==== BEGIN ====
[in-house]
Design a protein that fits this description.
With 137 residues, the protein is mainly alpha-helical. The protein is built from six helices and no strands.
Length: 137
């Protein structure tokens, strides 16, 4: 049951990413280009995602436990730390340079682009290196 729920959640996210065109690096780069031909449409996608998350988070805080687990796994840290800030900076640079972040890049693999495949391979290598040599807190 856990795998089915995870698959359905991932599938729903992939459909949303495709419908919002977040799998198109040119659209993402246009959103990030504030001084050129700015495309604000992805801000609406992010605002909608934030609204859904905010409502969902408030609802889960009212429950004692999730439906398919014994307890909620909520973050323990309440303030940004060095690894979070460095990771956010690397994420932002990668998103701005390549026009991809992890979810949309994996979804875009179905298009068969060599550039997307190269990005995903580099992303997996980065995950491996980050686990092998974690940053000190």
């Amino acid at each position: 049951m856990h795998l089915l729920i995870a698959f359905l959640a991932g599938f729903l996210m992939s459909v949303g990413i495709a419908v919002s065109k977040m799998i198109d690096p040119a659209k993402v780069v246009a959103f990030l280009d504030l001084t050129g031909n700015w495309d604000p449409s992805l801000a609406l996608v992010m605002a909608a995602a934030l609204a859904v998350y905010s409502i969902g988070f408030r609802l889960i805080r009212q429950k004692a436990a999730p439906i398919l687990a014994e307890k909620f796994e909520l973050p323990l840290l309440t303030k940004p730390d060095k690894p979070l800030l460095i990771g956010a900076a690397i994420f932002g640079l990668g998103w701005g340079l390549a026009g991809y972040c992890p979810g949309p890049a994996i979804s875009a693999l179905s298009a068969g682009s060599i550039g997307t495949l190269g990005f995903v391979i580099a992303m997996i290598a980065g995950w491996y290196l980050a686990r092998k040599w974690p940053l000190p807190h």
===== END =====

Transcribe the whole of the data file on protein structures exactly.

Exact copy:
[in-house]
Design a protein that fits this description.
With 137 residues, the protein is mainly alpha-helical. The protein is built from six helices and no strands.
Length: 137
């Protein structure tokens, strides 16, 4: 049951990413280009995602436990730390340079682009290196 729920959640996210065109690096780069031909449409996608998350988070805080687990796994840290800030900076640079972040890049693999495949391979290598040599807190 856990795998089915995870698959359905991932599938729903992939459909949303495709419908919002977040799998198109040119659209993402246009959103990030504030001084050129700015495309604000992805801000609406992010605002909608934030609204859904905010409502969902408030609802889960009212429950004692999730439906398919014994307890909620909520973050323990309440303030940004060095690894979070460095990771956010690397994420932002990668998103701005390549026009991809992890979810949309994996979804875009179905298009068969060599550039997307190269990005995903580099992303997996980065995950491996980050686990092998974690940053000190």
């Amino acid at each position: 049951m856990h795998l089915l729920i995870a698959f359905l959640a991932g599938f729903l996210m992939s459909v949303g990413i495709a419908v919002s065109k977040m799998i198109d690096p040119a659209k993402v780069v246009a959103f990030l280009d504030l001084t050129g031909n700015w495309d604000p449409s992805l801000a609406l996608v992010m605002a909608a995602a934030l609204a859904v998350y905010s409502i969902g988070f408030r609802l889960i805080r009212q429950k004692a436990a999730p439906i398919l687990a014994e307890k909620f796994e909520l973050p323990l840290l309440t303030k940004p730390d060095k690894p979070l800030l460095i990771g956010a900076a690397i994420f932002g640079l990668g998103w701005g340079l390549a026009g991809y972040c992890p979810g949309p890049a994996i979804s875009a693999l179905s298009a068969g682009s060599i550039g997307t495949l190269g990005f995903v391979i580099a992303m997996i290598a980065g995950w491996y290196l980050a686990r092998k040599w974690p940053l000190p807190h």